Regional News of 2014-06-06

Choked Korle Lagoon cause of Accra floods – Mayor

Accra Metropolitan Chief Executive, Alfred Vanderpuije says the solution to the perennial flood situation in Accra will be the commencement of the Conti Project, which will de-silt the Korle Lagoon.

According to the Mayor until the Korle Lagoon is de-silted to allow the Odaw River to flow into it, Accra will continue to flood when it rains.

“We need to put the infrastructure in place and we will do so through the Conti Project; the Conti Project will de-silt the Korle Lagoon in its entirety… and we will also construct the needed storm drains,” he said on Eyewitness News on Thursday.

He added that the AMA has been de-silting the drains in Accra, but the biggest challenge is the Korle Lagoon.

He also explained that the AMA has been de-silting the drains in the capital else the magnitude of the flood could have been worse. ”We will continue to de-silt the drains as we have been doing…”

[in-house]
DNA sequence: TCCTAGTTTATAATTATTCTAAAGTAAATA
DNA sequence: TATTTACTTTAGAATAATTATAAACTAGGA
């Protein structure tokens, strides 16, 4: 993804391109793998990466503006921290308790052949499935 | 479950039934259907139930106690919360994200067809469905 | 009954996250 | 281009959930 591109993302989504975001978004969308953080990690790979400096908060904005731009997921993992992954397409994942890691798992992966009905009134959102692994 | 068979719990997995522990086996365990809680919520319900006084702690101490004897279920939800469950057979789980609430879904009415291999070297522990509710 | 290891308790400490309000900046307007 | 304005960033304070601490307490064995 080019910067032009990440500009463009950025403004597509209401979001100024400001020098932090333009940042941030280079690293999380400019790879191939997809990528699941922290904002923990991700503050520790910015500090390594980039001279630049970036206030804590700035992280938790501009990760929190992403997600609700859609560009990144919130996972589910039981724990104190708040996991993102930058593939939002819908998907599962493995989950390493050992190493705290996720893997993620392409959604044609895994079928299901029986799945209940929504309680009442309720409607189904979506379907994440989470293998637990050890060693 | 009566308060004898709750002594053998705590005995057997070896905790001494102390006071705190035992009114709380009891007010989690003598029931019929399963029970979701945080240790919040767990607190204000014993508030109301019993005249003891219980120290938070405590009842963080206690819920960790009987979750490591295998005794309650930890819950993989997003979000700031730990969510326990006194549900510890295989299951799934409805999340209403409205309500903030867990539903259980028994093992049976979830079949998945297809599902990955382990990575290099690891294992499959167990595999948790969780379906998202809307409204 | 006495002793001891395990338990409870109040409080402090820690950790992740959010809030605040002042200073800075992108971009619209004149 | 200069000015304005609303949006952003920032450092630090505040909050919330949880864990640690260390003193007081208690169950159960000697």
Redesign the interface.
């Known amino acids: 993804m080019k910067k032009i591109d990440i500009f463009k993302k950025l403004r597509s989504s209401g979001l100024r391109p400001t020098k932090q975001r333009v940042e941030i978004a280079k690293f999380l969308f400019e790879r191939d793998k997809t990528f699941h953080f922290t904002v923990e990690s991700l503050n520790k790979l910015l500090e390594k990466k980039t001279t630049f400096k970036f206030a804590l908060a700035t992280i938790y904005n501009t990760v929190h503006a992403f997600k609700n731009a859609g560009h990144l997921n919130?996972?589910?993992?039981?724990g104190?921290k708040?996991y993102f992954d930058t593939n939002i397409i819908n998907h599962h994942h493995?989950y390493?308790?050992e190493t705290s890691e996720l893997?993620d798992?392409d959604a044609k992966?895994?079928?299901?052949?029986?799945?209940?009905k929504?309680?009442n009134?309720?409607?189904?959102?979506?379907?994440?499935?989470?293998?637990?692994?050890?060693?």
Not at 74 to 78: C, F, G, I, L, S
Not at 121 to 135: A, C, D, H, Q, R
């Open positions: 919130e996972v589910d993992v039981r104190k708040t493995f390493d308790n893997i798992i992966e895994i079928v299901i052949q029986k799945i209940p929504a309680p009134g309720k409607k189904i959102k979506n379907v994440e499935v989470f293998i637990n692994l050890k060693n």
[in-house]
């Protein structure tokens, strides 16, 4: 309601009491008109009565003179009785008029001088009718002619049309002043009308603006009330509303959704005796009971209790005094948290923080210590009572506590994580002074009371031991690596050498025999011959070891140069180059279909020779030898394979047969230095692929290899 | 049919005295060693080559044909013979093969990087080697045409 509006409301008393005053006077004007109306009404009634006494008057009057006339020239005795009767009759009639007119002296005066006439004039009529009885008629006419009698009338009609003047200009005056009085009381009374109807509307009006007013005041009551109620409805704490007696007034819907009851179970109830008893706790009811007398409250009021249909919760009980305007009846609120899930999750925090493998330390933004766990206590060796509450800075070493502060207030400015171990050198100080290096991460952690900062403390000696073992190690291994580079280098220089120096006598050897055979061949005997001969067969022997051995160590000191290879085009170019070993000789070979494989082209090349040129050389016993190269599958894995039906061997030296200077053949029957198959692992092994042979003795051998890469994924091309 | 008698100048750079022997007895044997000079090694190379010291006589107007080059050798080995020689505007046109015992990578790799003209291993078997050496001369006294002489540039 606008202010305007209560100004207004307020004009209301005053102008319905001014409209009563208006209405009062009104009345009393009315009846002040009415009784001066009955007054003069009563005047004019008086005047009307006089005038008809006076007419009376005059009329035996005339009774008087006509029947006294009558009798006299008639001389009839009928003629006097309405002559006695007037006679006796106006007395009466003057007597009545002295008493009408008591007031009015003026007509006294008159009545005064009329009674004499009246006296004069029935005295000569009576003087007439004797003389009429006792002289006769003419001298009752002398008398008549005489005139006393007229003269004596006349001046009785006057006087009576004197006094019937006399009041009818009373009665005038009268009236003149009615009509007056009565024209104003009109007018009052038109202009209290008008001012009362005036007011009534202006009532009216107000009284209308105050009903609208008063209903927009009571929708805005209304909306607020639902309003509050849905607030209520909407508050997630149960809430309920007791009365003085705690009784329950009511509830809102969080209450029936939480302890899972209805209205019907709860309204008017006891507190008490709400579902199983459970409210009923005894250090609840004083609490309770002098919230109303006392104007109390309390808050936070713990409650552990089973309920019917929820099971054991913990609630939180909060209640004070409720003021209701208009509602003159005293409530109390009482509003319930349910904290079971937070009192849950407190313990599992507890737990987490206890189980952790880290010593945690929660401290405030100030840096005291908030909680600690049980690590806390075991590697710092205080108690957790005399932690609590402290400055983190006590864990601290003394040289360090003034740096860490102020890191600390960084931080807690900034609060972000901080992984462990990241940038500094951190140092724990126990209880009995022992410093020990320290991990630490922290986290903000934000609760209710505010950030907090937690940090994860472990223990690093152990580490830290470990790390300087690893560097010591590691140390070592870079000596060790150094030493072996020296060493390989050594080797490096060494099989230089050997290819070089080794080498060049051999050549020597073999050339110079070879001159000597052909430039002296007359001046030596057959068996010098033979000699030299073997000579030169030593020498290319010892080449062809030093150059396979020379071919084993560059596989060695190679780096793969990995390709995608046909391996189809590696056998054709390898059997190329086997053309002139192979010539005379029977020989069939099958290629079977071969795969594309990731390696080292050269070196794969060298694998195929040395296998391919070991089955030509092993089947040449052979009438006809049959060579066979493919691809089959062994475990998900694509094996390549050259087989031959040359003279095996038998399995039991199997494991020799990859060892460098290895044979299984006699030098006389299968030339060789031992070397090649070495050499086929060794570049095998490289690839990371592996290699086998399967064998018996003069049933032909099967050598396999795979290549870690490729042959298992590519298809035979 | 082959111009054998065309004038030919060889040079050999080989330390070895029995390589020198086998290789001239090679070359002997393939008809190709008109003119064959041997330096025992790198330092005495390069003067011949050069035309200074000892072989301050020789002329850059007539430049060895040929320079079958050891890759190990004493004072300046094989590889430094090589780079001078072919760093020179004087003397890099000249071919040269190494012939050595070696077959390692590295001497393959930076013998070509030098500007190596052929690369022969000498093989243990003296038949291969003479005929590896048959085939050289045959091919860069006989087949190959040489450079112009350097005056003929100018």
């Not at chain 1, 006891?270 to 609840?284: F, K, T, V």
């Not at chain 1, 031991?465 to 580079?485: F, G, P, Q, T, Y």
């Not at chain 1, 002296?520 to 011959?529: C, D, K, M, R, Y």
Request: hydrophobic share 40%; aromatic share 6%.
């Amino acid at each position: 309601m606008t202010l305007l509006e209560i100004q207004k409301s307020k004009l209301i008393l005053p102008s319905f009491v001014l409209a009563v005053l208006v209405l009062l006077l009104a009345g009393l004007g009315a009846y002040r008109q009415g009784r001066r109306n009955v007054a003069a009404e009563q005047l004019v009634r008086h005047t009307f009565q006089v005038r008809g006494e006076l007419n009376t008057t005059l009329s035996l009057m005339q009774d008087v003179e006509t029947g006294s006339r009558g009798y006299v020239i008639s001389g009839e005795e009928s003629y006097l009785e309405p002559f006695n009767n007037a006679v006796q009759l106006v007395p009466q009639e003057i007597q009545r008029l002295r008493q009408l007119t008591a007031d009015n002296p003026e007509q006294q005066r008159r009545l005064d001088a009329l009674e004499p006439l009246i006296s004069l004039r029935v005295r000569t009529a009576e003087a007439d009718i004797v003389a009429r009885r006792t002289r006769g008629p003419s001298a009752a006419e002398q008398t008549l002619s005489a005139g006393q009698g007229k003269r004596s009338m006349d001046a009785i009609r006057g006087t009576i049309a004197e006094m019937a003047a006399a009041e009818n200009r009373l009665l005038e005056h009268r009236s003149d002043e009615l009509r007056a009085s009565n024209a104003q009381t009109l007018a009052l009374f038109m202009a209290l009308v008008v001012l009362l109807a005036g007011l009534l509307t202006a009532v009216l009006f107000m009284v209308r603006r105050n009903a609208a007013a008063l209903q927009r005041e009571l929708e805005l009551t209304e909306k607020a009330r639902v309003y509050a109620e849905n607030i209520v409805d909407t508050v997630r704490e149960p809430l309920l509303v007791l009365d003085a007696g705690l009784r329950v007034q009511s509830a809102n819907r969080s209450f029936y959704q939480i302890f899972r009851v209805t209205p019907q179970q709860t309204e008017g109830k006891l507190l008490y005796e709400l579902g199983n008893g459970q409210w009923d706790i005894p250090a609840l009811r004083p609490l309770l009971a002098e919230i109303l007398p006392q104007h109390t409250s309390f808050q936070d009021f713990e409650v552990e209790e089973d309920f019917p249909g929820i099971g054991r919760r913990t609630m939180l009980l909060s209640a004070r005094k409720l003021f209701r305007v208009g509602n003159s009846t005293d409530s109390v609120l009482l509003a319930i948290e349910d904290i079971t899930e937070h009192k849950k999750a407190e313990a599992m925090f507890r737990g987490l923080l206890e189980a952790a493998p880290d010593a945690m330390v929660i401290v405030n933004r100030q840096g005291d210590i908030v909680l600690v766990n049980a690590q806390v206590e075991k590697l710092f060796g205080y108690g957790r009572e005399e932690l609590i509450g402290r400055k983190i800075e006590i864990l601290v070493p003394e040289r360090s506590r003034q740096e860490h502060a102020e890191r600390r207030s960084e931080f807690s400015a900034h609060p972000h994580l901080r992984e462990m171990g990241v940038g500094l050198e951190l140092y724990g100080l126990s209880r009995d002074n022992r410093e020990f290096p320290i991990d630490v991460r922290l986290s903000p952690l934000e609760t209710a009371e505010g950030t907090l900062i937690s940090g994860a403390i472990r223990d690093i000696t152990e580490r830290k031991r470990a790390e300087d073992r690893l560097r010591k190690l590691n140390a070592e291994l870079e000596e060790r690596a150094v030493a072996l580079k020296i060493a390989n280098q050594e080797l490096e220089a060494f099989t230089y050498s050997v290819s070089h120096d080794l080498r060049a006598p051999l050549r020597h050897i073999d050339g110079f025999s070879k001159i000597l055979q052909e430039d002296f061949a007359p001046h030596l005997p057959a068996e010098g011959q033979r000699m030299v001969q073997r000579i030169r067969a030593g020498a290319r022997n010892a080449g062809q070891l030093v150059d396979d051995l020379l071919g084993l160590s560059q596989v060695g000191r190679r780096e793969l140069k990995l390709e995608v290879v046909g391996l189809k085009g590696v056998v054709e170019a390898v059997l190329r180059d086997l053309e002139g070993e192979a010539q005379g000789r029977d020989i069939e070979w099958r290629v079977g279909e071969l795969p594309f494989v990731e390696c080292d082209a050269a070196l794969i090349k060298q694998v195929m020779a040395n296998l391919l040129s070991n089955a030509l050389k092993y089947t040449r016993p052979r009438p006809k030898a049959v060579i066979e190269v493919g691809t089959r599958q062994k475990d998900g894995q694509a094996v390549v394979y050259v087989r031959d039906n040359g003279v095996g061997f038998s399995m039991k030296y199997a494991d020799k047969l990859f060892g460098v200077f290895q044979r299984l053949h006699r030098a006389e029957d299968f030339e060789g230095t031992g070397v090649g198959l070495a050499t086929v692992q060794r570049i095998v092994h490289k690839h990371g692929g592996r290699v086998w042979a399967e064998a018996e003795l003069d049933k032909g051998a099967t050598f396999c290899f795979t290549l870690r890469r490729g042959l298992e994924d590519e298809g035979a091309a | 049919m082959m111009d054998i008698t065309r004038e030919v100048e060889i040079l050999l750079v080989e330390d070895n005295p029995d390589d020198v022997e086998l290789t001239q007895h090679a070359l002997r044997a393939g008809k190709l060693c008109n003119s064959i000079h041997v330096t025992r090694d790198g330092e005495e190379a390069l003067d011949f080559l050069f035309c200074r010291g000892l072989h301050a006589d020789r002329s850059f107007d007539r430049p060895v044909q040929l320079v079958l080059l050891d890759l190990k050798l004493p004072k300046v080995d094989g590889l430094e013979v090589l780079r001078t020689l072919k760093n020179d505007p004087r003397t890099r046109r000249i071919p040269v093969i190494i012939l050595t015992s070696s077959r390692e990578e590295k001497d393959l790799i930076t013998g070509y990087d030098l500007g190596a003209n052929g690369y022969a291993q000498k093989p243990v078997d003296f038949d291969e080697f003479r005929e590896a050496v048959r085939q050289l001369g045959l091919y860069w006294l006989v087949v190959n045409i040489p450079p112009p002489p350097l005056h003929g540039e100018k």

”Every three-six months we are de-silting drains in Accra; we are always de-silting. But we are doing that as a temporary measure,” he noted.

The Conti Project is a five-year project to be conducted in three different stages. It is expected to tackle the Accra flooding and some sanitation and environmental challenges bedeviling the city.

The Government of Ghana and the Conti Group of Companies of the United States of America signed a US$660 million dollars for the commencement of the Project.

Mr. Vanderpuije stated that until the Korle Lagoon is de-silted to allow the Odaw River to flow into it smoothly, Accra will continue to flood when it rains.

"Naturally the Odaw drain is connect to the Korle Lagoon and so the Odaw drain will only have a free flow when it can empty into the Korle Lagoon; Right now the Korle Lagoon is not flowing, it’s choked,” he lamented.

He revealed that the Ministry of Finance has accepted the Conti Project and have signed up on the financial loan agreement and work will start soon.

Heavy rainfall on Thursday led to flooding in parts of Accra. The flood waters rendered many roads almost impassable and also caused heavy vehicular traffic. Large parts of the Kwame Nkrumah circle, Kaneshie First Light and the Central Business District are completely submerged.